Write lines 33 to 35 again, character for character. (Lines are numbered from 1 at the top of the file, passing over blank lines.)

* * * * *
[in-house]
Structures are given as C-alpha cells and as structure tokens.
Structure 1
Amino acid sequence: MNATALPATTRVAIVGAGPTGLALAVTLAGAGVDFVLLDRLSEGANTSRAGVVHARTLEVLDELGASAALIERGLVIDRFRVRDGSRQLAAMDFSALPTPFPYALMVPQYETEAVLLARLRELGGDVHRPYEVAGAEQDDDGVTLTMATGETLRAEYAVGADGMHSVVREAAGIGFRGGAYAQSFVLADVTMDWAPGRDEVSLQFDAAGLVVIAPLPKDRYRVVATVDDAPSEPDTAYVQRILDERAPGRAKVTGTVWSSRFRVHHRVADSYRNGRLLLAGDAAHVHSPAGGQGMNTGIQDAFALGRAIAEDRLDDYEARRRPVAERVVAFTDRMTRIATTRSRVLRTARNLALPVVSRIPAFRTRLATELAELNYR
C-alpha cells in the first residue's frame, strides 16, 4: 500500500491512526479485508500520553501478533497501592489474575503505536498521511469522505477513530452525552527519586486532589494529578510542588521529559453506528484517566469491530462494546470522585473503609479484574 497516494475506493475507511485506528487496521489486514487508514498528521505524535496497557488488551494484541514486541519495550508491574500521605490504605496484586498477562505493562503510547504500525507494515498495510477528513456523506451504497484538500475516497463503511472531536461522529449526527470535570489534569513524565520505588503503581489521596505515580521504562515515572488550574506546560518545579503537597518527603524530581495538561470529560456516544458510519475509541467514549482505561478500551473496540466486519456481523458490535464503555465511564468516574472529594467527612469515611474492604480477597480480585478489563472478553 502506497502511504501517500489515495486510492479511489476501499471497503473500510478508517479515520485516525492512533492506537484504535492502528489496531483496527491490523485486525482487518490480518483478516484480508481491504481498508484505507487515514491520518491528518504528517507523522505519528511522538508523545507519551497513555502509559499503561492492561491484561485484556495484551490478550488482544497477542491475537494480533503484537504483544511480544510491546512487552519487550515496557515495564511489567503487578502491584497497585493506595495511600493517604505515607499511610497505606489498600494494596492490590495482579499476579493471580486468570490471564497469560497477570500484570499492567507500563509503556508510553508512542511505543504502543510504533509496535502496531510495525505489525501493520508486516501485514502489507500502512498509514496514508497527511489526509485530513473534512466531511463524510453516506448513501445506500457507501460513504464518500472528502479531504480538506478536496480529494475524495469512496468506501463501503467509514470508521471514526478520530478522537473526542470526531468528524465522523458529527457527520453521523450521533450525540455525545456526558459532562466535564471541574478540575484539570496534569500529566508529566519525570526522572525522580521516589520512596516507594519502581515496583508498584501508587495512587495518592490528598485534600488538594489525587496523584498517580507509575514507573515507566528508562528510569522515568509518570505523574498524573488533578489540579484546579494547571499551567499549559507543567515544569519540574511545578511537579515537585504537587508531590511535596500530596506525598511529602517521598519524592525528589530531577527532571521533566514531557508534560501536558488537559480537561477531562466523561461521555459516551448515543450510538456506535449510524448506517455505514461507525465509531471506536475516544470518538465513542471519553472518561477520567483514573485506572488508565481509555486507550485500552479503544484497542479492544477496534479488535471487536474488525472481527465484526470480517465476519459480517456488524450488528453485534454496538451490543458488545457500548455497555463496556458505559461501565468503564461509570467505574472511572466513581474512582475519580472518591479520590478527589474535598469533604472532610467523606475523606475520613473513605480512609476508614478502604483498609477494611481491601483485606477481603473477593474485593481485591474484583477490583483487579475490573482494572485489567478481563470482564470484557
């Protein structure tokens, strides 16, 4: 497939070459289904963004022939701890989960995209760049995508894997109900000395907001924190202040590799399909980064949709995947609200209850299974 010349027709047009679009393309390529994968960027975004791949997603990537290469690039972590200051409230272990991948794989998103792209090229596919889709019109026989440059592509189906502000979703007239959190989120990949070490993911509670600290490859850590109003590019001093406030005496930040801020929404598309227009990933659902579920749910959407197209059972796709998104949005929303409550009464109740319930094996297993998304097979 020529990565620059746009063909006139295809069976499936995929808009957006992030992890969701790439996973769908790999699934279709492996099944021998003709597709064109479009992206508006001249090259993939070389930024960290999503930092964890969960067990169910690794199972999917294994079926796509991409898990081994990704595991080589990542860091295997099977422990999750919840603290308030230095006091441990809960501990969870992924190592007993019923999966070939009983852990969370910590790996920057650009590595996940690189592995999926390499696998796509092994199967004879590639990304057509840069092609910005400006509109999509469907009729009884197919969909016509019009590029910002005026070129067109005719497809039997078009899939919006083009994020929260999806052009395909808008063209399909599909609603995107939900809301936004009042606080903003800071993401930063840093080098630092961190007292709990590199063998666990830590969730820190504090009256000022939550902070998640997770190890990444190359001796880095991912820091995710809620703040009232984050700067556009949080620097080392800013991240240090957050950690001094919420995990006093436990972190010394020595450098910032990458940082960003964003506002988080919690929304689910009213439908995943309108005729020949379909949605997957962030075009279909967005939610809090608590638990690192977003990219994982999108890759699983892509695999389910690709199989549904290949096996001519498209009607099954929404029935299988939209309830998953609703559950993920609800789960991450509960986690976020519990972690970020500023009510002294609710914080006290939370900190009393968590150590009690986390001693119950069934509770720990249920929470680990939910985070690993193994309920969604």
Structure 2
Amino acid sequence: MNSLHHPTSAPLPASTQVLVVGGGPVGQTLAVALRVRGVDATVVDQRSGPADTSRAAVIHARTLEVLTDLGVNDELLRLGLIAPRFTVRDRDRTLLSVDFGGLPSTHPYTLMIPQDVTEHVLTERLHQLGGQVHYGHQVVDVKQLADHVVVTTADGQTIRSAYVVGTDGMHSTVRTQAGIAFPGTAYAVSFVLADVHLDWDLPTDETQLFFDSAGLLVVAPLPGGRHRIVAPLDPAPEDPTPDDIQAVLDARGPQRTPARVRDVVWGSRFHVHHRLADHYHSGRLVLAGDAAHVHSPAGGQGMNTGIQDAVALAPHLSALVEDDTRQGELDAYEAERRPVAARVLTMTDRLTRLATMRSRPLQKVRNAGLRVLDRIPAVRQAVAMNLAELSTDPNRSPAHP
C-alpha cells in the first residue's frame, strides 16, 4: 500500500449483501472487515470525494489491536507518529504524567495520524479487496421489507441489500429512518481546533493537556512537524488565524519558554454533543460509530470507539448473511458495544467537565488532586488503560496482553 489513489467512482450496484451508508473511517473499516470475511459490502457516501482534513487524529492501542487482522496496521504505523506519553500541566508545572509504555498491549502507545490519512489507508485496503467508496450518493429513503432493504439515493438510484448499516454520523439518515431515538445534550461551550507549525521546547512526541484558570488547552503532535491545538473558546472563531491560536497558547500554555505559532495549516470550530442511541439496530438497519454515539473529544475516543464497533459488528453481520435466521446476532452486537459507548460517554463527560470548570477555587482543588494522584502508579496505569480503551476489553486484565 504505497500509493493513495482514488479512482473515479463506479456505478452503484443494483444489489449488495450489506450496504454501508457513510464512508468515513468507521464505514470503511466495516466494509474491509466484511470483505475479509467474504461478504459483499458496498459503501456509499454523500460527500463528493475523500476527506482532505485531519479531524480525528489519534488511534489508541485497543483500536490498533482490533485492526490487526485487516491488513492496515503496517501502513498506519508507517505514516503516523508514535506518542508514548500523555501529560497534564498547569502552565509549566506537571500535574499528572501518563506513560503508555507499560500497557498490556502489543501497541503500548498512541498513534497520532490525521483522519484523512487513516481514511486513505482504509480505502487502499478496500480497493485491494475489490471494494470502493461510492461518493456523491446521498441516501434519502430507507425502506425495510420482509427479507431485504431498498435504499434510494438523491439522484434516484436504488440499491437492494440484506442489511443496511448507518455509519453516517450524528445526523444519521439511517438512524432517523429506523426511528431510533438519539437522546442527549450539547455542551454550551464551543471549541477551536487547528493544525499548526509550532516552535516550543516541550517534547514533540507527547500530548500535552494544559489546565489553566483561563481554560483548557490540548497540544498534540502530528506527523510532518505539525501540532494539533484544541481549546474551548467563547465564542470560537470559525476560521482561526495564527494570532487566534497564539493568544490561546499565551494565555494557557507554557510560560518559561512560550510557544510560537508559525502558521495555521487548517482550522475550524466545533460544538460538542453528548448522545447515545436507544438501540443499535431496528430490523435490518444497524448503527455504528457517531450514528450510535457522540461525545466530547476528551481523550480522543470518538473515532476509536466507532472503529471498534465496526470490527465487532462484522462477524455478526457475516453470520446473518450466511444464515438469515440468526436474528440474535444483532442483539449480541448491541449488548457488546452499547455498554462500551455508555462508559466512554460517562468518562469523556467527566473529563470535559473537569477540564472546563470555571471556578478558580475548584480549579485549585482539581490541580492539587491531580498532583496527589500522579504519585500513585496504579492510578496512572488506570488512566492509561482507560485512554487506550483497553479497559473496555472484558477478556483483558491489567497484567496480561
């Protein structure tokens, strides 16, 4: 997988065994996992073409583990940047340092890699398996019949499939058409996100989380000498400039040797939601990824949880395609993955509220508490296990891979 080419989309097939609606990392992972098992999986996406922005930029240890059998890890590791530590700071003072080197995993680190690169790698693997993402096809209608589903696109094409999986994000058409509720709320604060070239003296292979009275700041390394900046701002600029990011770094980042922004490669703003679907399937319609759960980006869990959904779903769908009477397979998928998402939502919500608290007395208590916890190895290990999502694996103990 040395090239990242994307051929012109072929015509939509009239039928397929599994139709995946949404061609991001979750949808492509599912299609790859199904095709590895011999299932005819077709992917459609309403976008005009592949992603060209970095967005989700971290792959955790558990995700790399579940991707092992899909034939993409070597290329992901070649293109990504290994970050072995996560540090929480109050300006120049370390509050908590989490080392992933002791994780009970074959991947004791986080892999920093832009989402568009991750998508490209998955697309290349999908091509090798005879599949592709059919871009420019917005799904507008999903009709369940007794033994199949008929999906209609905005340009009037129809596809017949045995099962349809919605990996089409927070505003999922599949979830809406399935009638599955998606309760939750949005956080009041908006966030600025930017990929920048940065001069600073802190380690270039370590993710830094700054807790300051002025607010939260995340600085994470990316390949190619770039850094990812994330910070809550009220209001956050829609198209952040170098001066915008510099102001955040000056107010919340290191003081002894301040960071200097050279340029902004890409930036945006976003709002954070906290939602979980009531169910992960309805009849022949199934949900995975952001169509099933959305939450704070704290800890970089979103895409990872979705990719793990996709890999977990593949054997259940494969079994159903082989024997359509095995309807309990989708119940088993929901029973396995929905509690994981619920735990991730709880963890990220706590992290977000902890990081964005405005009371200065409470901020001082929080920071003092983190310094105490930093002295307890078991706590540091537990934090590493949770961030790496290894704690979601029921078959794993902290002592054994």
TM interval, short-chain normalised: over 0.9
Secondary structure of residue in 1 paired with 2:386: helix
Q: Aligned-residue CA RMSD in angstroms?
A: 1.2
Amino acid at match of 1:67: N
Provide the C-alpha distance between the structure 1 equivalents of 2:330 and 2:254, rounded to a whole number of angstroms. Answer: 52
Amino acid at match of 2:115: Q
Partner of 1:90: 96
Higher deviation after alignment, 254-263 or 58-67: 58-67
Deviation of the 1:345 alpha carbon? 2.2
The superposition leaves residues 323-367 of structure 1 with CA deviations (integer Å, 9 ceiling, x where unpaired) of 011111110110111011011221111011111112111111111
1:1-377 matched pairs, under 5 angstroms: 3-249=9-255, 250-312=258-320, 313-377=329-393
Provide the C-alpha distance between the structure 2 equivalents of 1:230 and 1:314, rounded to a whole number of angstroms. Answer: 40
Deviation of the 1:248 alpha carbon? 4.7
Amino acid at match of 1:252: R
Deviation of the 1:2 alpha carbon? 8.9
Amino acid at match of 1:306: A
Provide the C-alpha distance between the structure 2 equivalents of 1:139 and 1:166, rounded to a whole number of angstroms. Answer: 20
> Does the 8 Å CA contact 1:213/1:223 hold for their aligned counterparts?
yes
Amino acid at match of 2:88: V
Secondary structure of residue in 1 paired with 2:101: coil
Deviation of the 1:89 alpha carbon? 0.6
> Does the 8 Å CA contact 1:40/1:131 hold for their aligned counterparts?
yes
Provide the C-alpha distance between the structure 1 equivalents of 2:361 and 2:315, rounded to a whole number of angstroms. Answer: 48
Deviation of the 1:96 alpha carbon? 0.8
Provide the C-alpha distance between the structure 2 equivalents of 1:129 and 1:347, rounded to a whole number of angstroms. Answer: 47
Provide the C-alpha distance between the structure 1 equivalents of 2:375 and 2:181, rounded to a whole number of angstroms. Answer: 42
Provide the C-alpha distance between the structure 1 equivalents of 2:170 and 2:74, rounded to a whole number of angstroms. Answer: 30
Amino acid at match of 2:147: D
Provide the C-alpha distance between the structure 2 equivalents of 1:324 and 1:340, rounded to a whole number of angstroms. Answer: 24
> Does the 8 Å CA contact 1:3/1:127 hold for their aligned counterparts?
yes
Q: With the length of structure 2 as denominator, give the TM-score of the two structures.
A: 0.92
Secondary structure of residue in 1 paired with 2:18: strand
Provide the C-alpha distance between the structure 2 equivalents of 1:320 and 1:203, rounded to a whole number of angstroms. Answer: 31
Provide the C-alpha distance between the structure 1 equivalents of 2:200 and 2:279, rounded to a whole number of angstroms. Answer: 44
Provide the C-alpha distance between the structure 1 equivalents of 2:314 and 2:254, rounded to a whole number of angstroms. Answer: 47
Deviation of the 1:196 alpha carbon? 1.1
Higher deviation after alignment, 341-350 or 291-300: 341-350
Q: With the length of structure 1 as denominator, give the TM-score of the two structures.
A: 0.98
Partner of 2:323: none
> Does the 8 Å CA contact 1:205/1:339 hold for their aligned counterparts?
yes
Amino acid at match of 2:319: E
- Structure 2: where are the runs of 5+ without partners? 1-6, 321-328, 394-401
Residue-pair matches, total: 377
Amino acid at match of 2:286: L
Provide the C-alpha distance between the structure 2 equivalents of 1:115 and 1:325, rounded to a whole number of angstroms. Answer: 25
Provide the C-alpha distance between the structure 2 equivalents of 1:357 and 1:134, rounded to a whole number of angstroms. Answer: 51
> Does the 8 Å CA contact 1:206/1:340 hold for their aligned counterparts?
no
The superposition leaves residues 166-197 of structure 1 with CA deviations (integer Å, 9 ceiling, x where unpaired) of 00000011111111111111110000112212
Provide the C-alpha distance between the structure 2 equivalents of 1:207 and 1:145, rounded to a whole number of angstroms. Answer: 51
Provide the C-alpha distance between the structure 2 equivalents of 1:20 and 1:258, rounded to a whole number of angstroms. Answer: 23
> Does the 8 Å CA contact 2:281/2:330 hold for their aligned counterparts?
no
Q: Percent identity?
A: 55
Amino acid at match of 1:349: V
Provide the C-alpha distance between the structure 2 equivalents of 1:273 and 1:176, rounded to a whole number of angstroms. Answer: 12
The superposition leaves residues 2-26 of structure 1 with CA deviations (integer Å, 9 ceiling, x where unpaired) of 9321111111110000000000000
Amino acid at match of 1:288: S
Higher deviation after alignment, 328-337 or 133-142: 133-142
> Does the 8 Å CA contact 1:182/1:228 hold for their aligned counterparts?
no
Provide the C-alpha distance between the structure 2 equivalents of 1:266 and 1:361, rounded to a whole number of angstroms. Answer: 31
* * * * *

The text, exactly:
Deviation of the 1:89 alpha carbon? 0.6
> Does the 8 Å CA contact 1:40/1:131 hold for their aligned counterparts?
yes